Jean Craighead George

All posts tagged Jean Craighead George

Banned Books 2018 – JULY READ – Julie Of The Wolves by Jean Craighead George

Published August 6, 2018 by bibliobeth

What’s it all about?:

Miyax, like many adolescents, is torn. But unlike most, her choices may determine whether she lives or dies. At 13, an orphan, and unhappily married, Miyax runs away from her husband’s parents’ home, hoping to reach San Francisco and her pen pal. But she becomes lost in the vast Alaskan tundra, with no food, no shelter, and no idea which is the way to safety. Now, more than ever, she must look hard at who she really is. Is she Miyax, Eskimo girl of the old ways? Or is she Julie (her “gussak”-white people-name), the modernized teenager who must mock the traditional customs? And when a pack of wolves begins to accept her into their community, Miyax must learn to think like a wolf as well. If she trusts her Eskimo instincts, will she stand a chance of surviving?

Logo designed by Luna’s Little Library

Welcome to the seventh banned book in our series for 2018! As always, we’ll be looking at why the book was challenged, how/if things have changed since the book was originally published and our own opinions on the book. Here’s what we’ll be reading for the rest of the year:

AUGUST: I Am Jazz– Jessica Herthel
SEPTEMBER: Taming The Star Runner– S.E. Hinton
OCTOBER: Beloved -Toni Morrison
NOVEMBER: King & King -Linda de Haan
DECEMBER: Flashcards Of My Life– Charise Mericle Harper
For now, back to this month:

Julie Of The Wolves by Jean Craighead George

First published: 1972

In the Top Ten most frequently challenged books in 2002 (source)

Reasons: unsuited to age group, violence.

Do you understand or agree with any of the reasons for the book being challenged when it was originally published?

BETH:  Sigh. As I’ve mentioned in past Banned Books posts, sometimes I can see why people have issues with some of the books we review for this feature. Not that I think they SHOULD be challenged/banned but I can see why they might be offensive or problematic. Then there’s other books that we read and throughout the book, I’m struggling to see how anybody could have a problem at all, especially when I look at the reasons behind the challenge. Julie Of The Wolves was one of these latter books for me, I read through it thinking: “Aha! NOW I’m going to find out why there are issues!” And nope, I didn’t. Not even once. Even when I think about back in the early seventies when this was first published – could there have been reasons then? You’ve guessed it – no. I normally like to try and guess the potential reasons and I’m always, always wrong. With Julie Of The Wolves, I couldn’t find a single one!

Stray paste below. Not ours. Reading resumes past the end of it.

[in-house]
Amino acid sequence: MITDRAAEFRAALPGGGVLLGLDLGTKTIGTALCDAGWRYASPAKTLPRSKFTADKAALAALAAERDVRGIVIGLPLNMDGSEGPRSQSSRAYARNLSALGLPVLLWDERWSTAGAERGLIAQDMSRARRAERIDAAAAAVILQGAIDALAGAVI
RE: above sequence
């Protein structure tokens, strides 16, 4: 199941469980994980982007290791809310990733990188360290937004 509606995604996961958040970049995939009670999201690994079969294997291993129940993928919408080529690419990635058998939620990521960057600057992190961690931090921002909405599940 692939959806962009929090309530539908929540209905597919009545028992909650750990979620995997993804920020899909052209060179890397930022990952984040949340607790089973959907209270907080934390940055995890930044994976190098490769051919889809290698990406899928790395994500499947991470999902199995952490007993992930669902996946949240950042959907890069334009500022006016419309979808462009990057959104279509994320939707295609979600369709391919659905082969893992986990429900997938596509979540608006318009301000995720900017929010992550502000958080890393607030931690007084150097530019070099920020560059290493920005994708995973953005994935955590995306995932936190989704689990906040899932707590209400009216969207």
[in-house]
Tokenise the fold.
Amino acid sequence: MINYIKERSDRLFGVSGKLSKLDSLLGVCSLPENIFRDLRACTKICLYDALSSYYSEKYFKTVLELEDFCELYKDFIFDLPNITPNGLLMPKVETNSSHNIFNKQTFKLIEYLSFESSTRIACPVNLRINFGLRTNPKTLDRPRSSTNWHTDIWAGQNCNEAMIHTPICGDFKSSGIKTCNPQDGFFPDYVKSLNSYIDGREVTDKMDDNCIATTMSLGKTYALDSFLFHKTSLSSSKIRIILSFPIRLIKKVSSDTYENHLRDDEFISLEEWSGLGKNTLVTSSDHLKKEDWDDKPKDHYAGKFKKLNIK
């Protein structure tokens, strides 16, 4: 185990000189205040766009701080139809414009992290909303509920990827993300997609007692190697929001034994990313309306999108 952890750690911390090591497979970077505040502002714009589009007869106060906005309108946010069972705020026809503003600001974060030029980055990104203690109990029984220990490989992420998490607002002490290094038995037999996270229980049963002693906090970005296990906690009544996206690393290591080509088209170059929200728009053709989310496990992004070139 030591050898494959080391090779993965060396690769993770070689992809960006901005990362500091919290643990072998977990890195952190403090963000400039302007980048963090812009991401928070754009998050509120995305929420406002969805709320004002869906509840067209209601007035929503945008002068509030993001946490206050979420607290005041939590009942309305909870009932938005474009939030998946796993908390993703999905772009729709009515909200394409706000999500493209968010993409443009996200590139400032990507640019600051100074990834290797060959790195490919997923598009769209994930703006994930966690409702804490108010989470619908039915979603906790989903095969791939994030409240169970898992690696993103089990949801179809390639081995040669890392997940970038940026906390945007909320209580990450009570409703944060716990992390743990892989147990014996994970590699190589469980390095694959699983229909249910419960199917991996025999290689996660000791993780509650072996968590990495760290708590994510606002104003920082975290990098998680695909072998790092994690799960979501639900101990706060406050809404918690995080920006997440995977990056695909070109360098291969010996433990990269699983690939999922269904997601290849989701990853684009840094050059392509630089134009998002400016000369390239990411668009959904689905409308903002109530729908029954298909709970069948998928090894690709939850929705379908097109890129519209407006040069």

CHRISSI: I am genuinely confused as to why this book is challenged. I didn’t find it at all offensive. I really am stumped with this one. As for one of the reasons being violence? Really? Children see more violent things on the news which is actually happening in day to day life sometimes so close to them. Video games are a hell of a lot more violent too. I really didn’t see this book as particularly violent. Hunting and death do occur within the story, but it makes sense to the story and most people could rationalise that…

How about now?

BETH: This book is now over forty years old and as it was only challenged/banned in 2002, I don’t believe attitudes have changed much either in the years post publication or since 2002 to the present day. Particularly with these reasons they are giving – I mean, come on! Unsuited to age group?! Where were the unsuitable parts, please someone tell me because I feel like I’m going mad. Seriously. It’s marketed as young adult (possibly even middle grade fiction) and at no point did I feel like this was either too traumatic or indeed too violent for the younger audience. There is hunting and death, sure but it’s necessary for our character to survive out in the Arctic conditions for goodness sake. I honestly think there are many more children’s books (hello Watership Down!) that are more emotionally affecting than this one. *rolls eyes.*

CHRISSI: Definitely not. Again… I’m baffled why this book is challenged. I don’t mean to repeat myself too much but I think the hunting and death in the story is relative to the plot. Children aren’t precious snowflakes. I’d say that from middle grade up they can handle a story like this when worse things are happening in the world that they constantly see, read and hear about.

What did you think of this book?:

BETH: I thought it was an okay read! I enjoyed Julie’s relationship with the wolves (as a big fan of White Fang when I was younger) and the description of the harsh environment she had to survive in was beautifully done. It was a quick and easy book to get lost in and I thought the illustrations were particularly lovely but I felt Julie’s time spent with her people wasn’t as engrossing or as well written as the parts when she has to get by on her own.

CHRISSI: I wasn’t captivated like I wanted to be. I really liked the illustrations and thought that was a nice touch to the story. I actually wish there were a few more illustrations because I didn’t think the writing of the setting was as evocative as it could have been, especially if we are thinking that children are the target audience for this book. I’m glad that I read this book but it’s not one that will particularly stick with me.

Would you recommend it?:

BETH: Maybe!

CHRISSI: It’s not for me!- I wasn’t captivated but I could appreciate the story!

3 Star Rating Clip Art
Coming up in the last Monday of August on Banned Books: we review I Am Jazz by Jessica Herthel.
Advertisements

Banned Books – The Titles For 2018 Revealed!

Published January 1, 2018 by bibliobeth

I’m delighted to say my sister and fellow blogger Chrissi Reads and I will be continuing our Banned Books challenge into 2018. Here is what we’ll be reading each month: